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The Big Problem With Semi-Automatic Rifles For Survival

Image source: defensereview.com

Image source: defensereview.com

With so many rifles to choose from, it can often be difficult to determine which rifle would be ideal for a survival situation, whether it’s one that you stash in the truck in the event that you’re stranded in the sticks — or you’re using that same truck to bugout to the sticks.

But all too often, I’ve seen folks reaching for that semi-auto beauty for such a purpose. While these weapons can certainly give you that needed fire superiority in a tactical situation, it’s going to fall short when you’re stuck in the backwoods and have to put meat on the fire to keep from starving.

The Fundamental

Just like with knives and secondhand tweed blazers, there is no one-size-fits-all option when it comes to firearms — even though we often try in vain to make it work sometimes.

In most cases, the best use for semi-auto rifles is for combat applications (or the occasional hunting weekend).

Essentially, the fundamental reason why a battle rifle is going to fall short when you’re stuck in the sticks is because you won’t be able to head back to the armory (or gun store) in the event that you’ve lost a spring, detent or some other tiny-but-critical mechanical part of the weapon. Now, I’m not necessarily saying that bolt or lever guns are completely exempt from this issue, but I AM saying that they are certainly simpler creatures, which don’t have near the number of moving parts that can break, wear out, or get lost.

Semi-auto weapons have an additional degree of mechanical complexity that gives them that additional functionality; however, any time you add complexity, that’s when you’re inviting problems.

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And a survival situation is certainly a scenario in which you’ll want to avoid problems to the very best of your ability.

Short-Term: What Are You Shooting At?

If you’re looking at a short-term survival scenario, the question at hand is not necessarily that of tactical or survival efficiency per se.  If anything, it’s a question of … what’s the point?

AK-47In this type of situation, chances are that you’re not going to be pitted against possible enemy hostiles. I’m basically talking about overturning your canoe somewhere in the middle of nowhere, and you might have to take a rabbit or two to keep yourself nourished as you find your way back to civilization. And if you need a 30-round magazine to take a meal, then you probably shouldn’t be toting around a rifle in the first place — at least until you visit your eye doctor.

If you’re basically just firing upon that which will soon become a meal (or you’re not fond of wolves), then you should probably stick to something that will have a near-obscene reliability factor … and the vast majority of your semi-autos will not.

Long-Term: Your Local Gun Store Will Probably Not Exist

As I said before, my fundamental point to saving semi-autos for your “typical” tactical situations is because all the gun stores and armories are most likely going to have had their inventories involuntarily liquidated via looting after your bugout op.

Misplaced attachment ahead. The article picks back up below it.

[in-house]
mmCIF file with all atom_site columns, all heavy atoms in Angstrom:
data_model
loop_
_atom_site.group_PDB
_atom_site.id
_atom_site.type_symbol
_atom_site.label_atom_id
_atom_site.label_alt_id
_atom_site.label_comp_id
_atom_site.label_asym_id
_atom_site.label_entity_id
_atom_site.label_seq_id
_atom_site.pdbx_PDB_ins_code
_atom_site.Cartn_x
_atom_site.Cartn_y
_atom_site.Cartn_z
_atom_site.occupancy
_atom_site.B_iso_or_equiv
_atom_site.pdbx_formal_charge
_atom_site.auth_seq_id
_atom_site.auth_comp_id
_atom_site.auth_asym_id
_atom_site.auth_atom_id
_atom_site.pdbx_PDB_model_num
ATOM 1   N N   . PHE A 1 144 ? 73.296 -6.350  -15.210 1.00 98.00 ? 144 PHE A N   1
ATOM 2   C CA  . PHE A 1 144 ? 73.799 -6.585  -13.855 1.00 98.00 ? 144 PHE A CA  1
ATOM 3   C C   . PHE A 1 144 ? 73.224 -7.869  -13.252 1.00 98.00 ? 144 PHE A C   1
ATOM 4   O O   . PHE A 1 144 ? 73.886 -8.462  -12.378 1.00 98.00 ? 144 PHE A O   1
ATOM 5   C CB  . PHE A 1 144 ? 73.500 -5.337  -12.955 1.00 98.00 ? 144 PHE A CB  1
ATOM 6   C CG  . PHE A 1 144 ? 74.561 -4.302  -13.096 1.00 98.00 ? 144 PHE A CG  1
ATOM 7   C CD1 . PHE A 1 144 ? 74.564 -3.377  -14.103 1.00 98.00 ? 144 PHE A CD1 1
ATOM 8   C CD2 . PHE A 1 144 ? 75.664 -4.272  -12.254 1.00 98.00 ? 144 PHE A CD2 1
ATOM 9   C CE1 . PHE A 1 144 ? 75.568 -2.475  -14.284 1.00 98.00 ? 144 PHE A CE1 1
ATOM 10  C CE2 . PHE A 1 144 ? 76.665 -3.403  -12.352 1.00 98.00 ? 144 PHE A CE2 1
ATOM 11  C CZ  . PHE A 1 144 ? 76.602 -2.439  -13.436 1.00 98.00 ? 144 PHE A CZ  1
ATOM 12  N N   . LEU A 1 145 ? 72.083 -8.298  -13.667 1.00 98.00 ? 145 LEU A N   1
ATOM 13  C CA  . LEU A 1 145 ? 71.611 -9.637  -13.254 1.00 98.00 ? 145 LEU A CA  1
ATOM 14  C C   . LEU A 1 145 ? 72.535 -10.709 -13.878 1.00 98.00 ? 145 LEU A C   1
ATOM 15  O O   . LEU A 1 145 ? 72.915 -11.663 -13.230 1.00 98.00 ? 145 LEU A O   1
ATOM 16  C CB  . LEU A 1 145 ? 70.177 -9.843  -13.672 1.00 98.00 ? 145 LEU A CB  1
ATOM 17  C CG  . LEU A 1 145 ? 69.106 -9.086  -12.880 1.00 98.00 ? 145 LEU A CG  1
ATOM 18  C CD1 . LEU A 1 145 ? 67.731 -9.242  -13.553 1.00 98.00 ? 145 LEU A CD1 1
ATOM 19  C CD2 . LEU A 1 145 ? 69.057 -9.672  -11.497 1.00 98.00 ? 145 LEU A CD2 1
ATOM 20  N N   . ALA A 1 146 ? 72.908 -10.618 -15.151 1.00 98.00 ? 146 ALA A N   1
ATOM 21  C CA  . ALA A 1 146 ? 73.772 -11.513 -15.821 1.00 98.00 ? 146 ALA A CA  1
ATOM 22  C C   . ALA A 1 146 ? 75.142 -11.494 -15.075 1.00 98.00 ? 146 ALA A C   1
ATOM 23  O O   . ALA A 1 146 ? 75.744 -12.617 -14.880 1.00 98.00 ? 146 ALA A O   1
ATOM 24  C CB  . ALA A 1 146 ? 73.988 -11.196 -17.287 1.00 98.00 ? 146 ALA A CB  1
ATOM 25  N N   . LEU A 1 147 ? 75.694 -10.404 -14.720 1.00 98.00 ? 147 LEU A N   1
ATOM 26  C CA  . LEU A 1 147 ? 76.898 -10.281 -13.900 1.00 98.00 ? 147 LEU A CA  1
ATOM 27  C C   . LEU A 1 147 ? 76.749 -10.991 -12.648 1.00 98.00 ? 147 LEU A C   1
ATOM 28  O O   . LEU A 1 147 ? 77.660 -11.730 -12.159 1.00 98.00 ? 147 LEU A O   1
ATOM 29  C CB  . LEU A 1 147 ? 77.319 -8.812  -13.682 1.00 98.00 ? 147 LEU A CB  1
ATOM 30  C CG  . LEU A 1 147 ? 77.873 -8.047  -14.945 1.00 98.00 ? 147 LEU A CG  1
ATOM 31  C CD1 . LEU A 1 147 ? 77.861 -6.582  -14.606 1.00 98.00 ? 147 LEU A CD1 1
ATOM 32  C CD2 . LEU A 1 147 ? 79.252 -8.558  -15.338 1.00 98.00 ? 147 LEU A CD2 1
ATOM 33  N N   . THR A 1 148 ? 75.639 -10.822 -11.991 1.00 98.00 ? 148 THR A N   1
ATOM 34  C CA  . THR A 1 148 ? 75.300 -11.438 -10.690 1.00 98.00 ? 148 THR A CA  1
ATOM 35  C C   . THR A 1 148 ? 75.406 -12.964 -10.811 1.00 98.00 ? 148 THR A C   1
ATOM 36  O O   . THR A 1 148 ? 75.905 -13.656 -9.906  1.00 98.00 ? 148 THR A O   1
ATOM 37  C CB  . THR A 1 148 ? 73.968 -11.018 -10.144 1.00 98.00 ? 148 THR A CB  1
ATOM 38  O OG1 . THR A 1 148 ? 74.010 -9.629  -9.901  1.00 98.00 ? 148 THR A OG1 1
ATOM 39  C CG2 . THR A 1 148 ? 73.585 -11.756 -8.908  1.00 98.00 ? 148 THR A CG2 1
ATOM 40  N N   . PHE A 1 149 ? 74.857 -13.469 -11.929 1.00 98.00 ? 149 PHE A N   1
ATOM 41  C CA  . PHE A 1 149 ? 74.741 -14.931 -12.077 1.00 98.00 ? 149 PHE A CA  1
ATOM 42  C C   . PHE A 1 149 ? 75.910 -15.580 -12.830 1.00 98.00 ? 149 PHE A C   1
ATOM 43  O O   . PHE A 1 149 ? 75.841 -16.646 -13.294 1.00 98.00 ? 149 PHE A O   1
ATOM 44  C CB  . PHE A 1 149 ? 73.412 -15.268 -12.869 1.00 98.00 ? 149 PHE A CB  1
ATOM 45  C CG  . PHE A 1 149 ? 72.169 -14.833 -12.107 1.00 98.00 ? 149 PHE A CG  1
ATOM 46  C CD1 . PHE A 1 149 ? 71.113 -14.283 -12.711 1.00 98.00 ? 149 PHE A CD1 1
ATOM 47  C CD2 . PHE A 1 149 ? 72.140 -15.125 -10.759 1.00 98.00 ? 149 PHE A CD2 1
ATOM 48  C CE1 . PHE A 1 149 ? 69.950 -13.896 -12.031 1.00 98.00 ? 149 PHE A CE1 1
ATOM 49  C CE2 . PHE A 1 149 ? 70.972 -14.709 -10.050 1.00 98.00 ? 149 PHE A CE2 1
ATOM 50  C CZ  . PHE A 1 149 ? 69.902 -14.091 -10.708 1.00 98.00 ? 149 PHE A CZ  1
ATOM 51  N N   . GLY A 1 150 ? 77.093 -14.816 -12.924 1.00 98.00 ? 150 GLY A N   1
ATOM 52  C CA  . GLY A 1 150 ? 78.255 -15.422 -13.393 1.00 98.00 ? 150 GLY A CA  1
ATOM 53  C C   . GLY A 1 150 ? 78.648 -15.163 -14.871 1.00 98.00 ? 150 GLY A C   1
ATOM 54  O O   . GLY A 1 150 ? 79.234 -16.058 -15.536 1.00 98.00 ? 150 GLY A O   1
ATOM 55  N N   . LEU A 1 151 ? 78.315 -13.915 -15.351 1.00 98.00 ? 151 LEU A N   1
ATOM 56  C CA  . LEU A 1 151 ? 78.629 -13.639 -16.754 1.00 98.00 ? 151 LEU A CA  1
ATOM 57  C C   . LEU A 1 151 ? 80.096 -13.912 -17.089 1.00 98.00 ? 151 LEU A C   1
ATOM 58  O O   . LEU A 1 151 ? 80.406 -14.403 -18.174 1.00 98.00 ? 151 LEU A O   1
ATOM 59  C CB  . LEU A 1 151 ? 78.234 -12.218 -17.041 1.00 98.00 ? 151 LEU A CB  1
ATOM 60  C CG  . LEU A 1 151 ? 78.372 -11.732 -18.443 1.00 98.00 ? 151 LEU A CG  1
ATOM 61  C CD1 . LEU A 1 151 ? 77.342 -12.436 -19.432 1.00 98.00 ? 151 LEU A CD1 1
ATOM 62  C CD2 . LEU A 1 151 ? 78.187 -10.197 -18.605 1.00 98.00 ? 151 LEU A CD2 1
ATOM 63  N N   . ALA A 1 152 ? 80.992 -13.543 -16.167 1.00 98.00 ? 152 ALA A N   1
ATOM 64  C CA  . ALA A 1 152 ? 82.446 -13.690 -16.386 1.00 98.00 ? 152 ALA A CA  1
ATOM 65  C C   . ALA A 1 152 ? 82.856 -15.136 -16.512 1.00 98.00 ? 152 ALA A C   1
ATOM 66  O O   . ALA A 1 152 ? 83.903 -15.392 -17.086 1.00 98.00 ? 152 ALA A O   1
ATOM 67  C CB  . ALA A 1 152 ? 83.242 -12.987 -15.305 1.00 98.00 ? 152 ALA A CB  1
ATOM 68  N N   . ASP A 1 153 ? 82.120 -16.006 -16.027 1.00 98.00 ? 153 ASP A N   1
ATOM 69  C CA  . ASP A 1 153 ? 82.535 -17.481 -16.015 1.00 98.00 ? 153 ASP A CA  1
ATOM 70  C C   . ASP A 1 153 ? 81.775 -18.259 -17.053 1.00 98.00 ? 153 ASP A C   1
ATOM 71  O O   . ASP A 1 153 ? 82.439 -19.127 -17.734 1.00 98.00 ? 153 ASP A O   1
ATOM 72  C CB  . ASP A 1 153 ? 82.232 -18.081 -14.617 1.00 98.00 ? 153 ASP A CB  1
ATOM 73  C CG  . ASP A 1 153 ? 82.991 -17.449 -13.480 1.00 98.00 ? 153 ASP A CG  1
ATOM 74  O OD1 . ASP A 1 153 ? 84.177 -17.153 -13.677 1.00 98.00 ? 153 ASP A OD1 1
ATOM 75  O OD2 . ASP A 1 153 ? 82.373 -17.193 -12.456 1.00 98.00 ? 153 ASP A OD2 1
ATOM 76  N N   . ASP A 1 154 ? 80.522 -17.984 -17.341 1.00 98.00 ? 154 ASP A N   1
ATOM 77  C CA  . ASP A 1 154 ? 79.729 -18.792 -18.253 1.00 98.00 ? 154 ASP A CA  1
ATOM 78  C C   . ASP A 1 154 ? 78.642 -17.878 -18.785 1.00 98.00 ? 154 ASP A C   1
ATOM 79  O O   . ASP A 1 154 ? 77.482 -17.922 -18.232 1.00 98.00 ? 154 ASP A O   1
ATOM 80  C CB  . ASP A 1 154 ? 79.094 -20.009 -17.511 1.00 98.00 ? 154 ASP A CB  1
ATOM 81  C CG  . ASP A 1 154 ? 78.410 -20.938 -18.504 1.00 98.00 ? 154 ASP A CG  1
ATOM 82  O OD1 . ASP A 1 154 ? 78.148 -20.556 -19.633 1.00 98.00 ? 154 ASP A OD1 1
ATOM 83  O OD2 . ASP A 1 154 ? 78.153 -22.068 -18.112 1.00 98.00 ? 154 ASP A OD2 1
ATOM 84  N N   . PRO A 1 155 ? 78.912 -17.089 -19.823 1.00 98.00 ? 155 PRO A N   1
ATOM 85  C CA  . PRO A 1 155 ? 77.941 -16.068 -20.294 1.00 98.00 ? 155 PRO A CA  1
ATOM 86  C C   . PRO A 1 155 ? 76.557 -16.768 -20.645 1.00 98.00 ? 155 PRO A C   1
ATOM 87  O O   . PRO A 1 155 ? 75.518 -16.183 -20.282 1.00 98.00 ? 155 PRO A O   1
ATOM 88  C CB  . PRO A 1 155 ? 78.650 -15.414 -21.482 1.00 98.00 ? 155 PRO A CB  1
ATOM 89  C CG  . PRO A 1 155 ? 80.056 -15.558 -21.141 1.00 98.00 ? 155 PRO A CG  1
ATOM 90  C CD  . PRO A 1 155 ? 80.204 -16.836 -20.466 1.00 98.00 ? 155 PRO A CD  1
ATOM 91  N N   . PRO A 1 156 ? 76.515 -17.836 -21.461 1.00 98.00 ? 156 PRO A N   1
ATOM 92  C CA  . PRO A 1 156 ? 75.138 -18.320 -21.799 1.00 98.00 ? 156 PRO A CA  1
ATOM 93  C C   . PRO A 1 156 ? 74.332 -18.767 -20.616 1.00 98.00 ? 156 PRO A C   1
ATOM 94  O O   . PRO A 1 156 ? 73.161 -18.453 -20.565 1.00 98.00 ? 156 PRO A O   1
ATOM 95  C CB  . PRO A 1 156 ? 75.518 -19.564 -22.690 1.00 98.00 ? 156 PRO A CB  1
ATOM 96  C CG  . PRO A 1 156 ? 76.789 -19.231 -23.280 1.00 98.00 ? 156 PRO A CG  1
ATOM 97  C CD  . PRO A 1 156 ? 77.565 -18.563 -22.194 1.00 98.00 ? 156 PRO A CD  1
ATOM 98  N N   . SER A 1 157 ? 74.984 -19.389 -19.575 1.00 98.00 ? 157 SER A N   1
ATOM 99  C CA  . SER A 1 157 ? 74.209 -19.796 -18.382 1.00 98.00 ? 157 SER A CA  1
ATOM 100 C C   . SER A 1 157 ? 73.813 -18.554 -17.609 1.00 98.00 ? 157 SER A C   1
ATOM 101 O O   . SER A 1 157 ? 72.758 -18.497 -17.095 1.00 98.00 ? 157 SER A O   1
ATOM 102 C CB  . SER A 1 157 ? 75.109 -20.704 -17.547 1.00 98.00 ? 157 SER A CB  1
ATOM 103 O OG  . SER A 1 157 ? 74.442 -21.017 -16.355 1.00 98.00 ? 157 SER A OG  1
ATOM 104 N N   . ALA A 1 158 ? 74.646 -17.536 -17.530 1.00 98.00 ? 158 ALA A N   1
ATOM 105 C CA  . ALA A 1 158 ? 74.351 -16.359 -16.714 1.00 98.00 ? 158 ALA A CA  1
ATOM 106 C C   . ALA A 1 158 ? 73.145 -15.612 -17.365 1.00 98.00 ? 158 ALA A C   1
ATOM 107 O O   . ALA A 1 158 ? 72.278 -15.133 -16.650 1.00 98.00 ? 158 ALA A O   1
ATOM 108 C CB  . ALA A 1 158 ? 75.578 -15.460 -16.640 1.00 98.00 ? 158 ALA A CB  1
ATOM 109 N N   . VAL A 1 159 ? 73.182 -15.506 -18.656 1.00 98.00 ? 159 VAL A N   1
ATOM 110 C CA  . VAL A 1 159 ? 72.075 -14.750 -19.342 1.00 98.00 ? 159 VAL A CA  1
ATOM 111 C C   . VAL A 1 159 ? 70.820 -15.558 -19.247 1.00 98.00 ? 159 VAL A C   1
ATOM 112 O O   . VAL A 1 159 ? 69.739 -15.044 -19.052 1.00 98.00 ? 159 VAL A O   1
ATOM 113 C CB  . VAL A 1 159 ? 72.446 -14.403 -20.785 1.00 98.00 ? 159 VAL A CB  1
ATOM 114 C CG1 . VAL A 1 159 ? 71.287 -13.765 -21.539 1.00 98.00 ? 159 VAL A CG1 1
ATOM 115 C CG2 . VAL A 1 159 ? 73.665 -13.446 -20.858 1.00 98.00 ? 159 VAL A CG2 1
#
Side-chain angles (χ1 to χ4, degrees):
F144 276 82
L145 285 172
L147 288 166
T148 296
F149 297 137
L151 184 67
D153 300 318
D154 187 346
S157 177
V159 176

However, I’m not saying that your AK is going to be dead weight DURING your bugout operation — especially since you might require its goodly services while making for the hills. But this scenario is hopefully going to be a very, very temporary one, and hopefully, you won’t even fire enough rounds to do a speed reload.

Over the long haul, however, you’ll most likely find these situational possibilities eventually fitting into your own unique situation …

self-defense weapons woods wildnerness gunsAt the end of the day, your battle rifles will not make much sense in the sticks. Starvation is most likely going to be your biggest threat, and that will set on quick if your rifle goes out of commission. And sure, you might be able to clear a room or keep hostiles pinned down, but your chances of running into a close-quarters combat or pitched battle scenario will (and should) be slim.

Personally, I’m thinking that you should be doing everything in your power to avoid such dangerous situations. Your best bet at surviving any battle is not in the capabilities of your firearms; it’s in the ability to avoid a fight before it even senses your presence.

Good Alternatives to a Semi-Auto

Of course, I’m also not one to simply denounce an entire class of rifles, while neglecting to offer a few positive mentions. That’s why I’ve named these two particular rifles below, as I feel like they’ve got a TON of promise for the situations that I managed to describe above. Basically, they’ve got just enough of what you might need out of a survival rifle, while keeping to a more simple, problem-lite approach in the process.

The important part about both of those rifles is that they’re man-powered. You’re not relying on gas or pistons to actuate the weapon, but instead, you’re removing that problematic variable possibility from the equation, making for a rifle that will be ready to go boom when you need it to …

… Because your survival should not be traded for a tactically efficient disadvantage.

Do you agree or disagree? Share your thoughts in the section below:

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